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FORTUNE Magazine Questions GOP Fast and Furious Narrative
I was going to flip a coin to decide whether or not to write about the Supreme Court RATS – an acronym a progressive blogger from Daily Kos invented for the veritable barbershop quartet Roberts, Alito, Thomas and Scalia have become since the four of them are almost always singing in harmony – until I read this account of Fast and Furious by FORTUNE magazine writer Katherine Eban, who reviewed over 2000 documents and interviewed 39 people involved in the botched ATF operation.
Ordinarily, I would see this as another one of those tit-for-tat efforts that was meant to take the sting out of the assertions of Justice Department malfeasance. Since the House Oversight Committee and Congressional Republicans have all but convicted Holder and the Obama Administration of wrongdoing, even though they, by their own admission, have not seen all of the evidence, many on the left have been trying desperately to bring some sense of proportion to the charges being leveled against the attorney general and the president.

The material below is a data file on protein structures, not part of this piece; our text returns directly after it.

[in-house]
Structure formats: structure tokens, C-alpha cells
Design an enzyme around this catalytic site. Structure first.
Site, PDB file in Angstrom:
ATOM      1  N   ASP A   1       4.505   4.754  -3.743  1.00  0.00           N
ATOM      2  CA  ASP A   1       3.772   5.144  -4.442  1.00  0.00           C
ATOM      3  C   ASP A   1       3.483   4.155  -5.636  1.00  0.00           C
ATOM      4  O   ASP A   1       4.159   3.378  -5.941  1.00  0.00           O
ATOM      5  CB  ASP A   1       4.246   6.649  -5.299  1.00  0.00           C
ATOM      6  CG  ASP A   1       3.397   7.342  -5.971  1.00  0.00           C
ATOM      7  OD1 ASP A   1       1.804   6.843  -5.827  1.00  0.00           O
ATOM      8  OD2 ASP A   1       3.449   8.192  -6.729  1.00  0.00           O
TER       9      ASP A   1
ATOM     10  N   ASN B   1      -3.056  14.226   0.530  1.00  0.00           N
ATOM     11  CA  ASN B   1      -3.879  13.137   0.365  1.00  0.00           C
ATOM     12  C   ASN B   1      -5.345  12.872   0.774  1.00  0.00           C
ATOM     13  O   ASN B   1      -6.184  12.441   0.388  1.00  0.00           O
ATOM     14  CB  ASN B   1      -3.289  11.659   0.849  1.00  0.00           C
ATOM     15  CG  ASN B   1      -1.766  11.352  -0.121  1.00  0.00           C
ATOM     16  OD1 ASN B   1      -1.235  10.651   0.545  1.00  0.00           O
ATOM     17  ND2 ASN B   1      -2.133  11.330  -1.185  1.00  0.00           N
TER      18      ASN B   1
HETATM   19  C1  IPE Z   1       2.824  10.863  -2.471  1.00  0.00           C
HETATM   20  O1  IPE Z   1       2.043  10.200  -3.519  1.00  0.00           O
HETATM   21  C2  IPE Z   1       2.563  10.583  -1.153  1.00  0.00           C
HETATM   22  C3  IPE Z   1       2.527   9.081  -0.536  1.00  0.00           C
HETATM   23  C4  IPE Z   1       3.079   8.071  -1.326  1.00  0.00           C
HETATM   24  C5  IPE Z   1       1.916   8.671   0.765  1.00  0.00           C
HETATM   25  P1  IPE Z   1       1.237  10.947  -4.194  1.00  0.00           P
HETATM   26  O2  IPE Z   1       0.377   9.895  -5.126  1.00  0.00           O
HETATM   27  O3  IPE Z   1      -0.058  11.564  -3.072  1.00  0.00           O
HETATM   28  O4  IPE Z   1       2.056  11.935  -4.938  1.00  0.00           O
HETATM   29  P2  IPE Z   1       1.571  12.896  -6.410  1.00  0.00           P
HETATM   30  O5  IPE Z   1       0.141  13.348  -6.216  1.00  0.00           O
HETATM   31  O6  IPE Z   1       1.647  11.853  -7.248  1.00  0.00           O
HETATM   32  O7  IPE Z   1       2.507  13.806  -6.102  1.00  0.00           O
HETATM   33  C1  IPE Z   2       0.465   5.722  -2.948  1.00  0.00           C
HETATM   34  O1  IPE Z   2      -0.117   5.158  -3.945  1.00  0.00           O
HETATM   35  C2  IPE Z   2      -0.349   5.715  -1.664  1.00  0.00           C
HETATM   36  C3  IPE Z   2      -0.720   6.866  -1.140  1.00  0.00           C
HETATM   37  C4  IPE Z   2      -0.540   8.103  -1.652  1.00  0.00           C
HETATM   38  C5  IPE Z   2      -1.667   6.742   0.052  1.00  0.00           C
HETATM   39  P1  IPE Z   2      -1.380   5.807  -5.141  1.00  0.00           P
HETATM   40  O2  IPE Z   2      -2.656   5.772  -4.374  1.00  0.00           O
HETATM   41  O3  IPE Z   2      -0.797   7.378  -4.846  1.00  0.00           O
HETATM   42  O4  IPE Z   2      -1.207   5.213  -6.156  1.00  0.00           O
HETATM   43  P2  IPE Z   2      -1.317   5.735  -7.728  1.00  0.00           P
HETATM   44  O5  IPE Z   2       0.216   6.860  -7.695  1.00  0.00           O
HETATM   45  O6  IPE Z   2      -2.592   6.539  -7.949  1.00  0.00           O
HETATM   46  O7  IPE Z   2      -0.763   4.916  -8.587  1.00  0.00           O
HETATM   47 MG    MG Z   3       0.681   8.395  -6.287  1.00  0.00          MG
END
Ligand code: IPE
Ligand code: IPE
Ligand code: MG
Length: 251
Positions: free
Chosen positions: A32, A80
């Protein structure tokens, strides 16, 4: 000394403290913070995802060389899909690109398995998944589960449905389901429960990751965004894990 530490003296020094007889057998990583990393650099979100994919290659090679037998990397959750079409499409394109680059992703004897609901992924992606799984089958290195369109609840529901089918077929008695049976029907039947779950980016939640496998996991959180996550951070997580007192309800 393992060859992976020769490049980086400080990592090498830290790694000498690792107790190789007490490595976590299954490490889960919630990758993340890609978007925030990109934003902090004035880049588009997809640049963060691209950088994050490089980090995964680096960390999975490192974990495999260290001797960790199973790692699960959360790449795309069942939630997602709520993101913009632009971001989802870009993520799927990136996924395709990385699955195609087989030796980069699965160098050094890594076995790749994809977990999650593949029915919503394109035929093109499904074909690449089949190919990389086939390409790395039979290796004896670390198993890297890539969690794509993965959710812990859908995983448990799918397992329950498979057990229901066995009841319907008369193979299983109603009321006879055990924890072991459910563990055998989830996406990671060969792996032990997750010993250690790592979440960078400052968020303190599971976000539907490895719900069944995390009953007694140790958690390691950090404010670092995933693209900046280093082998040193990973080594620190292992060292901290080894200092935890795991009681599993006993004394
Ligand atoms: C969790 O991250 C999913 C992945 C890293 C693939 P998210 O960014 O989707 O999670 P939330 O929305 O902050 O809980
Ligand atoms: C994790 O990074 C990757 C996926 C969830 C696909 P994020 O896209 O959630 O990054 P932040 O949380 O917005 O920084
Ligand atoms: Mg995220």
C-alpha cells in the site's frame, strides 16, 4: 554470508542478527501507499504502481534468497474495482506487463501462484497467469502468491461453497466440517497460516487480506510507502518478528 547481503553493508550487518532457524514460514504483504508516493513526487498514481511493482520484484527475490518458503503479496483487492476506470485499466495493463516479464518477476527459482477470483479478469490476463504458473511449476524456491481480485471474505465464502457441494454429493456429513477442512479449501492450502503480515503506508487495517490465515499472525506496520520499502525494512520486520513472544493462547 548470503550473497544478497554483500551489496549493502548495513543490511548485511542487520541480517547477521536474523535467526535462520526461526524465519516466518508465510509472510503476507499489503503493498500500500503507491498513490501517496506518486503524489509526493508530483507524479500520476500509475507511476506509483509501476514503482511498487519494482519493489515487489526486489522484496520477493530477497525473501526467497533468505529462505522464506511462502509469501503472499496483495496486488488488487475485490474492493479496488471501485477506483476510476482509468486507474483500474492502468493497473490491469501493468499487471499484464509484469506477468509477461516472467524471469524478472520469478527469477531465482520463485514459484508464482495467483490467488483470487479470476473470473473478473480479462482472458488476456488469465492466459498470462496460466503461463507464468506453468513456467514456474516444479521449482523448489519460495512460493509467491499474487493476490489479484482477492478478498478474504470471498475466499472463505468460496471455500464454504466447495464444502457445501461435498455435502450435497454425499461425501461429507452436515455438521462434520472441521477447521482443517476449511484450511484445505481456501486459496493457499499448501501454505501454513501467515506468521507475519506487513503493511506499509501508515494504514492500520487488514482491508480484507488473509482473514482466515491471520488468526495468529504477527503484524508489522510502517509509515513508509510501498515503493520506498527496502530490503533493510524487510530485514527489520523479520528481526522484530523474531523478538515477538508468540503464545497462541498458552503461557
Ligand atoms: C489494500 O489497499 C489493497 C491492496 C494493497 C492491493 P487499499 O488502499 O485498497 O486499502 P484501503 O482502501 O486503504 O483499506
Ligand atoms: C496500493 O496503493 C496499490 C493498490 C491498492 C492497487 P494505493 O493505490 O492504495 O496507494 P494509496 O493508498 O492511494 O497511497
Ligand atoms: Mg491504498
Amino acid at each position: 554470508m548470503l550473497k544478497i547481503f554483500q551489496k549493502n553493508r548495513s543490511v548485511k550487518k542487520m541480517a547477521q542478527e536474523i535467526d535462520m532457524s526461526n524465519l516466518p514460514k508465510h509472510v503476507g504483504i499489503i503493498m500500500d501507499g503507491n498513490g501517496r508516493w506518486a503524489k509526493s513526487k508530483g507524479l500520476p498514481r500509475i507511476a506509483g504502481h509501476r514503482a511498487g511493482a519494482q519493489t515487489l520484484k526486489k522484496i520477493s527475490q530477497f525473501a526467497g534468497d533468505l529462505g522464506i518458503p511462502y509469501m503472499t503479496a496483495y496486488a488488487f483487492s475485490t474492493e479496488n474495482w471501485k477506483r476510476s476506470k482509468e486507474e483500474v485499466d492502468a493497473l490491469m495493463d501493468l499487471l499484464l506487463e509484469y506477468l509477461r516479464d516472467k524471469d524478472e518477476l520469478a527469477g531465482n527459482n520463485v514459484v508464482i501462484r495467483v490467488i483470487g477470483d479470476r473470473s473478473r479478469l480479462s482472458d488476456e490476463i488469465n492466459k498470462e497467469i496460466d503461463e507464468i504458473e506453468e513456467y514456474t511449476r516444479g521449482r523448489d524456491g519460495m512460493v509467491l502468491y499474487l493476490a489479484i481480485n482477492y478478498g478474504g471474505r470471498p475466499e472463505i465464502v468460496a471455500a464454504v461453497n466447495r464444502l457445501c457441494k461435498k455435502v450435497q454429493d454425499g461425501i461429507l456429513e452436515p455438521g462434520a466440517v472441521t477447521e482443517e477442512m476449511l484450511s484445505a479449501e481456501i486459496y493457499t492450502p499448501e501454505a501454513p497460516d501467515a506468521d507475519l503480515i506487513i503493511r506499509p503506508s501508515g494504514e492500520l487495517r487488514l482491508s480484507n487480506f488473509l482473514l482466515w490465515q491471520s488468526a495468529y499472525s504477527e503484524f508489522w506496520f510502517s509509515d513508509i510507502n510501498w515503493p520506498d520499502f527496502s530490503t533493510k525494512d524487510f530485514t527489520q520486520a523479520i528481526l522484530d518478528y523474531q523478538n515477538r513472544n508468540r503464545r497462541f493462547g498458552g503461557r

Quite simply, there's a fundamental misconception at the heart of the Fast and Furious scandal. Nobody disputes that suspected straw purchasers under surveillance by the ATF repeatedly bought guns that eventually fell into criminal hands. Issa and others charge that the ATF intentionally allowed guns to walk as an operational tactic. But five law-enforcement agents directly involved in Fast and Furious tell Fortune that the ATF had no such tactic. They insist they never purposefully allowed guns to be illegally trafficked. Just the opposite: They say they seized weapons whenever they could but were hamstrung by prosecutors and weak laws, which stymied them at every turn.